The past week and a half has been a whirlwind of department parties at the fiefdom in which I work. I haven't had to buy or pack lunch in all that time. The time between Thanksgiving and New Year's is a blur of consumption: beginning with the feast on Thursday and the orgy of spending on "Black Friday," we really enter into a month of altered consciousness. The stores, which have been selling Christmas since before Halloween, become part of the celebration: workers wearing holiday hats or vests, decor either trimmed with tinsel or full-out swapped for red and green motifs, Christmas muzak piped through the all-encompassing store sound system. If anything is the "reason for the season," it is this: many stores make between 20 and 30 percent of their sales during this annual gorging.
On Christmas, those of us who celebrate the festivities will face a surfeit of gifts both given and received and then again to the table where we will engage in a feast to rival Thanksgiving. And only one week later there will be perhaps our culture's greatest international display of debauchery, New Year's Eve (Mardi Gras is perhaps the most debauched celebration, but it's really localized in this country).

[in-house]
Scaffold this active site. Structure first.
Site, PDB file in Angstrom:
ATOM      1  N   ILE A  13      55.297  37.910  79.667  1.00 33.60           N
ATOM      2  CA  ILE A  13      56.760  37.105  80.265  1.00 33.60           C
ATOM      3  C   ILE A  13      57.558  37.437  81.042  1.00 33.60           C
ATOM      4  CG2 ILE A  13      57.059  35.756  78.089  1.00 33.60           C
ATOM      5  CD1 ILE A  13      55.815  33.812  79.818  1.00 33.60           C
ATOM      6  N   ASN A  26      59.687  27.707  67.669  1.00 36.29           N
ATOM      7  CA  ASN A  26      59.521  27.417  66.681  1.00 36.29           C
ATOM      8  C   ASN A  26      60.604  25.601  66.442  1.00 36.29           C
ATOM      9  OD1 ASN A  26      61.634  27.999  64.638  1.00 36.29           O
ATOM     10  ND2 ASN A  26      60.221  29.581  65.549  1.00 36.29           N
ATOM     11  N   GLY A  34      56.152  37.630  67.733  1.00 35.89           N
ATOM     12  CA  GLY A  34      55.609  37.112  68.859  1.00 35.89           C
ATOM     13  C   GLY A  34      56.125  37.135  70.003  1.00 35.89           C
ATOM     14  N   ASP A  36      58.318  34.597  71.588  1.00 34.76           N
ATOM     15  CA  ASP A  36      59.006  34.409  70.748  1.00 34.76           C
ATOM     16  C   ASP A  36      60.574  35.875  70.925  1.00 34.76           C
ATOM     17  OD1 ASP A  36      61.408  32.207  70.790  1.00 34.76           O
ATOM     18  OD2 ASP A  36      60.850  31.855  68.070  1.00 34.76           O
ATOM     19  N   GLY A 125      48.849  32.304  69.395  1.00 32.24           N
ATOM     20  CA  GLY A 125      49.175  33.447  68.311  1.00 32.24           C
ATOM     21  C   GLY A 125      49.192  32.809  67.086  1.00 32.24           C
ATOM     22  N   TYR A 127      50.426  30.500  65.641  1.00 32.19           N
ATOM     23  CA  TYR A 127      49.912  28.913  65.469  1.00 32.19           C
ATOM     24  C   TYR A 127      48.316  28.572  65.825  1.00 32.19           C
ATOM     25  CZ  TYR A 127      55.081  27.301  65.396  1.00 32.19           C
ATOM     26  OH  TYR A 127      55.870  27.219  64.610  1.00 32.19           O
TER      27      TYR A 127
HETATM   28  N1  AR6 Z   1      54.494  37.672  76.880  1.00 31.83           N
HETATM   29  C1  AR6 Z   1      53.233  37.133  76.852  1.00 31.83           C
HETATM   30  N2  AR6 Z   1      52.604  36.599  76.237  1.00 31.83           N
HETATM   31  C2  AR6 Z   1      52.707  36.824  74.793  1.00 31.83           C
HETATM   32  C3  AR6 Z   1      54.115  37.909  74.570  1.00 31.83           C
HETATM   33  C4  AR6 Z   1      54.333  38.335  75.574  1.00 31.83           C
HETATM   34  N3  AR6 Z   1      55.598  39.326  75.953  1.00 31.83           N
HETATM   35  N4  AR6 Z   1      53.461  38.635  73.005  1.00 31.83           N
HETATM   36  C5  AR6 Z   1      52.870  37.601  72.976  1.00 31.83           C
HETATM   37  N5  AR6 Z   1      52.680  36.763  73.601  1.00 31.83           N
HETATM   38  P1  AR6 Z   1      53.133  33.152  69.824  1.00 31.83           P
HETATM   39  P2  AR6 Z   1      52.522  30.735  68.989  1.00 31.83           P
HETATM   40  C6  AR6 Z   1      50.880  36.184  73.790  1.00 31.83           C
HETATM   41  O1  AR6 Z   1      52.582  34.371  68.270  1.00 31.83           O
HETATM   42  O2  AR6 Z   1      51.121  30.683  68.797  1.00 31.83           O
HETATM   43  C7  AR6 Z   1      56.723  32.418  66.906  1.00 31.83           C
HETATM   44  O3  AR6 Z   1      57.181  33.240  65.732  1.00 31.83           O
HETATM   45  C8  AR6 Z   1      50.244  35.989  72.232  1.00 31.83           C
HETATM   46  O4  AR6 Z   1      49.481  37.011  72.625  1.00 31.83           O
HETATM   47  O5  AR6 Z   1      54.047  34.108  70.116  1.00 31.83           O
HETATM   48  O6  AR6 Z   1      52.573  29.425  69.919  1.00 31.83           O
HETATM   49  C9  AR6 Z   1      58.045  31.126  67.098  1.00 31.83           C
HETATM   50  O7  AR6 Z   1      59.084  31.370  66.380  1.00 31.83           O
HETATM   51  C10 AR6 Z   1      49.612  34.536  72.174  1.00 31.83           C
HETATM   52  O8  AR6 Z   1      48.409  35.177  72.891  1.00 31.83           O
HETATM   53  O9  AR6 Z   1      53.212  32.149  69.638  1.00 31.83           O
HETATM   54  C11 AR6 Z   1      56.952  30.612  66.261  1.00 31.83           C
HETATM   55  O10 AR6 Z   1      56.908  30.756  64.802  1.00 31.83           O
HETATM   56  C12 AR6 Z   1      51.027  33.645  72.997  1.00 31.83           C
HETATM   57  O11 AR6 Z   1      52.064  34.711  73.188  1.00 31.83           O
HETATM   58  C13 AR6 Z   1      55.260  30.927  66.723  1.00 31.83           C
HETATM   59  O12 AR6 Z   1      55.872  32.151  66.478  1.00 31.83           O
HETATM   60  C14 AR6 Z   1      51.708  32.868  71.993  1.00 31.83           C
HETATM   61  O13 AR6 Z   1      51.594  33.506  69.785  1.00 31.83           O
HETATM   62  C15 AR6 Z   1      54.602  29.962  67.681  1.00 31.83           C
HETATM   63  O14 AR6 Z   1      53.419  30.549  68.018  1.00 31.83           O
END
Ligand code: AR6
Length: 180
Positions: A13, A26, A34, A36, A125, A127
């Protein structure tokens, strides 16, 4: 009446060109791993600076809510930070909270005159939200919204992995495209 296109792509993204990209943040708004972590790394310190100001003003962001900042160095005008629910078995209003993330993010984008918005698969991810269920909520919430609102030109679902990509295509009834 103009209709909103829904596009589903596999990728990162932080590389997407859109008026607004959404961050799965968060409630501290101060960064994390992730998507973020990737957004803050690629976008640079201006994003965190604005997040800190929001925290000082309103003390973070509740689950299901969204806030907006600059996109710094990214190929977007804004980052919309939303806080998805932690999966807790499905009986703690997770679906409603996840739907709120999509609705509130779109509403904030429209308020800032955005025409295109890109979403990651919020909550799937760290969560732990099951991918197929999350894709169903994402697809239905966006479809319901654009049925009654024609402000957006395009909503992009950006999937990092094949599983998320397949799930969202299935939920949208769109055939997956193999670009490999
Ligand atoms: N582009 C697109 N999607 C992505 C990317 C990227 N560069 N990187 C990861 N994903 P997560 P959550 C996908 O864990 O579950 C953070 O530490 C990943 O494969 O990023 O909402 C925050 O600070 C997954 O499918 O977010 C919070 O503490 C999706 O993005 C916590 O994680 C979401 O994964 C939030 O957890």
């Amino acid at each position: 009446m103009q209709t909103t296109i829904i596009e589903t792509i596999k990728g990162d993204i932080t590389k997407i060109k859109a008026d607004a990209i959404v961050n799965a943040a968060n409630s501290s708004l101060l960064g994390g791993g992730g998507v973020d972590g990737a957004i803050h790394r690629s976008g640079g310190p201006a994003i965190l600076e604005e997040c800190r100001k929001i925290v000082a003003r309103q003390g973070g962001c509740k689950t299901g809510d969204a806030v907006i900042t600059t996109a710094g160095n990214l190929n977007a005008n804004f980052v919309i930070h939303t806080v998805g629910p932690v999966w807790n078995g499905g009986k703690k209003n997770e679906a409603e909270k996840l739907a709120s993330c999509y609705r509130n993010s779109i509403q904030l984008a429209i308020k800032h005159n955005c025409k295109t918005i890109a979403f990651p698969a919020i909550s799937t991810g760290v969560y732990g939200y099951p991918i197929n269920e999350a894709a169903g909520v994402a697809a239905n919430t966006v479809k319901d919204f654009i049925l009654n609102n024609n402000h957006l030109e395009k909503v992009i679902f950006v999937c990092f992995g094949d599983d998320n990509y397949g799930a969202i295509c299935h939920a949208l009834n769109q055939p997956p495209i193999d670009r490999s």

New Year's Eve is a holiday expressly designed for partying. Whether it's in Times Square, a hotel ballroom, or someone's apartment, the only rite of New Year's Eve is a party. There's nothing wrong with that, of course. It's only an observation, not a judgement.
Freud said that there was "something savage about the very nature of a holiday"* due to its excess -- that it overwhelmed mores and took us out of our normal lives, and not necessarily in a good way. We are certainly outside ourselves during the holiday season: we spend more -- much of it on credit cards -- and we tend to eat more.
With all of this excess comes a return to responsibility and guilt, hence the New Year's Resolutions and the advertising blitz by health clubs trying to capitalize on the bloated post-holiday body.
*Richard Wright quotes this segment of Freud as an epigram to his book Savage Holiday, a "whiteface" novel about a man forced into retirement.